Fantasy characters have two choices when it comes to travel. The first is the long way round where every step is just that: a step as they walk, endlessly and interminably, and let’s face it, boringly, towards their heroic destiny. The second option, portal travel, is faster but has some odd side effects, ranging from wind rash to accidentally becoming king. It’s quicker but it’s also a little more … interesting. Here’s a guide to the best, or perhaps just the least horrible, ways to travel through portals.
Magic Furniture 101
If portal travel handed out frequent flyer points, the Pevensie children would be able to travel anywhere for free. The Lion, The Witch and The Wardrobe gives us the quintessential magic furniture portal. It’s an easy way to travel, the children simpy stepping through the back wall of their old wardrobe and inspiring generations of readers to check the back of their closets just in case. It’s a portal that feels solid, real and is redolent with very English, polite iconography. Plus old wardrobes smell great.
Magic furniture travel is fun and fairly easy but it has one major side effect: massive time dilation. The Pevensie children become kings and rule Narnia for years on their first trip there, only to return home to find almost no time has passed. Whilst that has its uses, it also means it’s best not to leave anything behind in the other realm in case the place you left it is destroyed, becomes an object of immense religious significance, or gains sentience, all of which make your return visit a little awkward.
Another common form of portal travel, Reality Folding is essential DIY portal travel. You, or, as is again the case, anyone with the surname Pevensie, trigger an object that then yank the destination reality towards you and opens a door between there and here. It’s a very direct method, but much like Magic Furniture it has side effects, best illustrated by the China Mieville short story “Different Skies.” The story follows a man who buys an unusually coloured window pane and soon realises it lets him see a subtly different version of London. It also lets that other version of London see him and the story ends with the chilling, poignant image of the two Londons, as well as youth and old age, colliding. Reality is folded but here, it’s suggested, it may not be able to be straightened out again.
John Masefield’s Box of Delights is another good example of this kind of portal. The novel follows a young boy drawn into the battle for control of a box which allows its user to shrink, fly or enter the past. The box is a reality folder, connecting the present and the past and allowing for the box’s creator to visit his future and see how his device is being cared for. There are no immediate side effects to this, other than having to contend with the evil forces intent on stealing the box, but as anyone who’s ever flown budget airlines will tell you, contending with the forces of evil is a better deal.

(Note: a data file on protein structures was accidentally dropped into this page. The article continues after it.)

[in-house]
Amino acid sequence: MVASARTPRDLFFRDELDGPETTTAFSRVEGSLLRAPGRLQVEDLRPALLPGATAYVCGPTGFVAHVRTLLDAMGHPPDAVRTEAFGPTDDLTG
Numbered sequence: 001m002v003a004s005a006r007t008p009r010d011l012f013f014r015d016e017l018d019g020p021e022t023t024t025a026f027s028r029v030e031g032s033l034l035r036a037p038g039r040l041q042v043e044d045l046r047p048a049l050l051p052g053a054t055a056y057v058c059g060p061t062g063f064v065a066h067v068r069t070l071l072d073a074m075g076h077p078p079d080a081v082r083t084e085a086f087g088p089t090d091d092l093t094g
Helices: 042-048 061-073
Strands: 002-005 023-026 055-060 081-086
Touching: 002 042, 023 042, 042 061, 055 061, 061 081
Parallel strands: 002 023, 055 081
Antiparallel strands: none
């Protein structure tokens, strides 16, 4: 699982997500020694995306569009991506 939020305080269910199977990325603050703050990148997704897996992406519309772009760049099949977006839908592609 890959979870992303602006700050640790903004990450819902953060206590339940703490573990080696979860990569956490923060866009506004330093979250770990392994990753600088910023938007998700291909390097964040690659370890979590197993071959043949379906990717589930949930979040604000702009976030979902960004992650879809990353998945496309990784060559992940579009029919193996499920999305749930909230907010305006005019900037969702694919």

Finally for this sort of portal there is, of course, the obligatory Pevensie children appearance. The Voyage of the Dawn Treader sees Lucy and Edmond staying at their cousin Eustace Scrubb’s house and being drawn to a painting on the wall. This painting, of a ship, then draws them in and they arrive in Narnia, again the portal folding reality to join the two worlds together. The side effects in this instance involve low-level water damage and a trio of almost-drownings, but like they say: any landing you can walk away from, after having coughed up sea water, is a good one.
Holes in the World
When it comes down to it, naturally occurring portals are arguably the safest way to travel in fantasy novels. The rabbit hole in Alice in Wonderland springs to mind, a remarkably luxurious affair with an arrivals lounge at the bottom and a graceful, slow motion descent that science fiction would wave off with anti-gravity but here is presented as something akin to Alice being English and therefore far too polite to plummet. The side effects are bad, ranging from not-particularly-willing participation in lawn games and court appearance to the more than slightly tedious need to continually adjust your size until you can fit in, but it’s still one of the politest, easiest ways to travel.
One of the subtlest portals, and also the least pleasant, is the idea presented in Neverwhere by Neil Gaiman. Richard Mayhew, the hero, notices a badly wounded Door, the heroine, and goes to rescue her, inadvertently finding himself part of London Below, the city beneath the city. What’s really fascinating though is the implication that Door, who can open doorways between anywhere, opens the door in Richard’s mind that allows him to see her. As a result he’s cut off from London Above forever, becoming a ghost inside his own life.
On the one hand, this is a hefty price to pay for a good deed as Richard is shut out from the world, and spends a lot of time being insulted by a man who may or may not be Puss in Boots. On the other hand Richard’s new life is more fun and puts him on the only streets in London that definitely don’t have, or are about to have, a Starbucks. Even better, the Pevensie children didn’t get there first.
Portal travel has a lot to recommend it. It’s fast, exciting, no one has to sing any songs and you can often go directly to your destination. Certainly there are side effects but provided you like antique wardrobes, can swim, don’t get altitude sickness and are prepared to sacrifice your entire life in order to save an injured young woman with an oddly regal air, there’s a lot to recommend it. Just remember to follow the white rabbit and you’ll be fine.